It’s a Jungle Out There

30 May

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I do like pottering around in the garden. Living in the sky in Abu Dhabi gives me very little chance, however. The only living bit of green that enters the apartment is a pot of supermarket basil and that only survives a few days in the air-conditioning. So my return to the UK does give me chance to get my hands dirty. And feet wet, as it turned out.

Our garden, though minuscule, was once beautifully designed but has long since been taken back to basics and is desperately in need of lots of love and attention. It never gets it. Although I was able to spend some time on it last year, doing something constructive for a change, it was largely about slowing down the inevitable advancement of nature. That is, I dug up a lot of weeds, chucked a lot of bark chippings around and planted a few cheap plants in the hope of “ground cover”. I also tried to nurse the patch of unrestrained dandelions into something like a lawn.

I don’t know if you would have called it a lawn a week ago. Sure, it was green and oh so lush with remarkably few blow-ball seedheads waving at me. But at some 18 inches high the definition of “lawn” is probably pushing it. The bark had been more successful although the pernicious, sticky goosegrass had started to take a hold again. Prominent in all this, however, in every crevice and gap, flourishing copiously on the patio, was rosebay willowherb. Initially such a pretty weed with its pinky stems and profusion of small magenta flowers, it soon spouts long seedheads that manage to take hold in the most inhospitable of places. Just where you don’t want them.

In the midst of all this lurks a tiny little pond. Where once, to my shame, goldfish swam, in recent years it has become the home to a family of frogs, their wriggling offspring preventing me from clearing out all the dead leaves that accumulated over winter. Not this year. Now a stagnant and foul-smelling stew of slimy mould, no self respecting amphibians would come anywhere near.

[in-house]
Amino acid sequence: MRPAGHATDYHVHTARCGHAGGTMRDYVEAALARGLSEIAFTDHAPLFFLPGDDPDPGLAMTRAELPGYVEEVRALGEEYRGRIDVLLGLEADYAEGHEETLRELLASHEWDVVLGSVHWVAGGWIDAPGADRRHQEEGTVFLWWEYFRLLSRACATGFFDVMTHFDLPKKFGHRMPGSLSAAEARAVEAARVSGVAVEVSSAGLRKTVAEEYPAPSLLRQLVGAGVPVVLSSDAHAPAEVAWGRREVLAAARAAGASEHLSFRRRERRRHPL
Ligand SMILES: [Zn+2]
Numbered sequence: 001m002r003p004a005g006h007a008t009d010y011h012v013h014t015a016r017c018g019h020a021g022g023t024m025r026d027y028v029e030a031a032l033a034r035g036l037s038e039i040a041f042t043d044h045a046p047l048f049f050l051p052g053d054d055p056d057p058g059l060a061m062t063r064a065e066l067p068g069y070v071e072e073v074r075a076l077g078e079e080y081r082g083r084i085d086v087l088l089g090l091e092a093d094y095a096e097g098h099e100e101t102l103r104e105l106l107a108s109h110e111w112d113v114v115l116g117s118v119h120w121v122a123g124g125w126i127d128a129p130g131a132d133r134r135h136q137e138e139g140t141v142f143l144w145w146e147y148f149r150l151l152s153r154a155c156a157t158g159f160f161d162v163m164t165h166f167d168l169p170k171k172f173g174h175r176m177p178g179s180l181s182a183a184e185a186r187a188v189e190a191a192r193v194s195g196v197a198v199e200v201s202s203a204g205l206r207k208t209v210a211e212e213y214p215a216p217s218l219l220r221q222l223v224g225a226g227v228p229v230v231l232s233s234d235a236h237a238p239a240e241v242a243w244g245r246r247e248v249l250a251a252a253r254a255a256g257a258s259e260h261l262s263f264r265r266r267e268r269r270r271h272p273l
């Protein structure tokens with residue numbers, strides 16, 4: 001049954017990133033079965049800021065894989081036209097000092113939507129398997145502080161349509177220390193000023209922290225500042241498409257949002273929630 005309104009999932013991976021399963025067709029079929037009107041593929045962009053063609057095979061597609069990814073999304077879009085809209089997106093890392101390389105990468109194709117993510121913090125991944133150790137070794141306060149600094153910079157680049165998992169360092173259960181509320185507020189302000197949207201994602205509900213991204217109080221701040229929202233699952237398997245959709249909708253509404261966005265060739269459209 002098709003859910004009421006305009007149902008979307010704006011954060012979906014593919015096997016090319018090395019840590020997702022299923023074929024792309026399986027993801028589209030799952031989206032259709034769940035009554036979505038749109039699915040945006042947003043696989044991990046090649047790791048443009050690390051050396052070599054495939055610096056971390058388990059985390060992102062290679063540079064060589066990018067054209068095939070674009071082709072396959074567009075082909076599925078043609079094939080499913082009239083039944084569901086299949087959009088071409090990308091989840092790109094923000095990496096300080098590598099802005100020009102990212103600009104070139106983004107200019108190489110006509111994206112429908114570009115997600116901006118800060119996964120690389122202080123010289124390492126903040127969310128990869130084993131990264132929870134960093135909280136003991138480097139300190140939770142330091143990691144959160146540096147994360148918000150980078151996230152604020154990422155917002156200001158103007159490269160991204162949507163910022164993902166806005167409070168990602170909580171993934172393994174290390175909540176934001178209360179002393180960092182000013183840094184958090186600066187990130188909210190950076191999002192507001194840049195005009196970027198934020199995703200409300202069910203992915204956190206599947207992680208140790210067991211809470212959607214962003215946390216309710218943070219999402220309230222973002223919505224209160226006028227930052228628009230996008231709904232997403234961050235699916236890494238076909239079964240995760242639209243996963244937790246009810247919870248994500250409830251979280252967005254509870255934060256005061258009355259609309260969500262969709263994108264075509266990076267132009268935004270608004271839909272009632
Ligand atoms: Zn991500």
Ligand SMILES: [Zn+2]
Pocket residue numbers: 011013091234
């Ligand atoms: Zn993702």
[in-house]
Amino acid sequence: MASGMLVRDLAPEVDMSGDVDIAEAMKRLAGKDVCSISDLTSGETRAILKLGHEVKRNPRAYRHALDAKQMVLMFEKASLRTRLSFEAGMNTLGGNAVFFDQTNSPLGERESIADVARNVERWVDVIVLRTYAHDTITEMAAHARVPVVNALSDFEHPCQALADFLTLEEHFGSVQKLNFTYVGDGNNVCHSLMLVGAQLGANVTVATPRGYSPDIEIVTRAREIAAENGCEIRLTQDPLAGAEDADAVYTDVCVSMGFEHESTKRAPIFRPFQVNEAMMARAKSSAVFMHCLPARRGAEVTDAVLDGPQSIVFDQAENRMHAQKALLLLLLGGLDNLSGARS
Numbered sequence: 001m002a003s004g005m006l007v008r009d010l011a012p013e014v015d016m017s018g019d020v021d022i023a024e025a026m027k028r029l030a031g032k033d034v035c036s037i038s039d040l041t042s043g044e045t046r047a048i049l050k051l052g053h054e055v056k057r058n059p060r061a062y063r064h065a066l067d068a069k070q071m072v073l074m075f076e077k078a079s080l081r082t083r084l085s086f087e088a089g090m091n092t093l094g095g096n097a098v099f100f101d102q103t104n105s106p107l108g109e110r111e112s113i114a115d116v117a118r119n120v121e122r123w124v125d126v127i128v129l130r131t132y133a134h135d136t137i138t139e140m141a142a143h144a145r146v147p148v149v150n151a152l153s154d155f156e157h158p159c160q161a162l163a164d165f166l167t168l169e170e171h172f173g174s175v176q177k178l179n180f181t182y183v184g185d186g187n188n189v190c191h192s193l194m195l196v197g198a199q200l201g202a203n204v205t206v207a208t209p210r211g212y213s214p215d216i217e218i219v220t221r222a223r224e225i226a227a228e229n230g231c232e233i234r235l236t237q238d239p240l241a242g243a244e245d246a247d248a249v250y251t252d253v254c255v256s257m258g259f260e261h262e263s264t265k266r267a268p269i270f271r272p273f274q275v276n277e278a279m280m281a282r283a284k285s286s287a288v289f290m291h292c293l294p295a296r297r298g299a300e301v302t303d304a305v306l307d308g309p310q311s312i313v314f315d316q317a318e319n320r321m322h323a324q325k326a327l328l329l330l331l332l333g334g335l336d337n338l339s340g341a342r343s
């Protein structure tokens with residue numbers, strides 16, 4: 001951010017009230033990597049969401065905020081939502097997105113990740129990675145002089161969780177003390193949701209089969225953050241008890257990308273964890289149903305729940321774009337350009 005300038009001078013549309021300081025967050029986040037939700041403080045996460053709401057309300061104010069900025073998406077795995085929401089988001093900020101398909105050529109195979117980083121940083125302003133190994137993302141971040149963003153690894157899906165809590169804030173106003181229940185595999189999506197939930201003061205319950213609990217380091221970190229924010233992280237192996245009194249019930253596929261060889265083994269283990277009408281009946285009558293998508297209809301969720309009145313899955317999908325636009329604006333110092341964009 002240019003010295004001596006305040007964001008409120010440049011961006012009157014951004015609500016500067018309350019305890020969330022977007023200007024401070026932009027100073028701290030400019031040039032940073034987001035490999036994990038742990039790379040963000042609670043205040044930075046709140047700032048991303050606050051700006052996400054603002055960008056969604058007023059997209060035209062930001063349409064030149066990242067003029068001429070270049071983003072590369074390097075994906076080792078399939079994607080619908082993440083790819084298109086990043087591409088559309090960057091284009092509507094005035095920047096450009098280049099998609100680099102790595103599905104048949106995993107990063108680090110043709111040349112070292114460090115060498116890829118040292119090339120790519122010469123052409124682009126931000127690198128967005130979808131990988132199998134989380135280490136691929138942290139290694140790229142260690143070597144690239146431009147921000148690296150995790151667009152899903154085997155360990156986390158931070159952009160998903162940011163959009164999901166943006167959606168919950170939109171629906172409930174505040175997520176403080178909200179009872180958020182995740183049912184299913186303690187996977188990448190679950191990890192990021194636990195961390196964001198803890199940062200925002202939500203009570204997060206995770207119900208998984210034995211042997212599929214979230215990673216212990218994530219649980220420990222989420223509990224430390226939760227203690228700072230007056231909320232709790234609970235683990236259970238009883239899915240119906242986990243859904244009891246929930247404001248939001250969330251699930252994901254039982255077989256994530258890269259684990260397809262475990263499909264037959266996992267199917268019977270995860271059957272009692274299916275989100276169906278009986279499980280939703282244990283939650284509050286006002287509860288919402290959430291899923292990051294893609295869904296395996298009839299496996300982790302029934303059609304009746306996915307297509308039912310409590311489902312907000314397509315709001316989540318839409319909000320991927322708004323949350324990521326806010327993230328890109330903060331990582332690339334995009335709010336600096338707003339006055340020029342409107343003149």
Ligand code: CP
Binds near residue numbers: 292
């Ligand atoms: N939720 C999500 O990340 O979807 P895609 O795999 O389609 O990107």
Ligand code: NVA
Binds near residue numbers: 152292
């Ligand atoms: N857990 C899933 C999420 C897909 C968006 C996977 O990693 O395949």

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Alright, I like a bit of a challenge. First the patio to cull the willowherb before it produced seeds. These are pretty shallow rooted so not too onerous. Then the goosegrass, again before it produces its velcro seed balls. Easy to pull up but you know the roots are lurking beneath the soil ready to spring out again when your back is turned.
The grass had to wait for a day sunny enough to dry it out but eventually I just had to go for it. The poor old mower had a struggle, quickly becoming clogged, its bucket filling every 30 seconds or so. And muggins here was the one emptying it. Oh my aching back.

It wasn’t the pain and effort that nearly made me give up, though. It was that skulking, malodorous pond, hiding away, its sides slippery and indistinct. Yes, you’ve guessed it. I was soon thigh deep in foul stuff and in a mood to match. Yuk!

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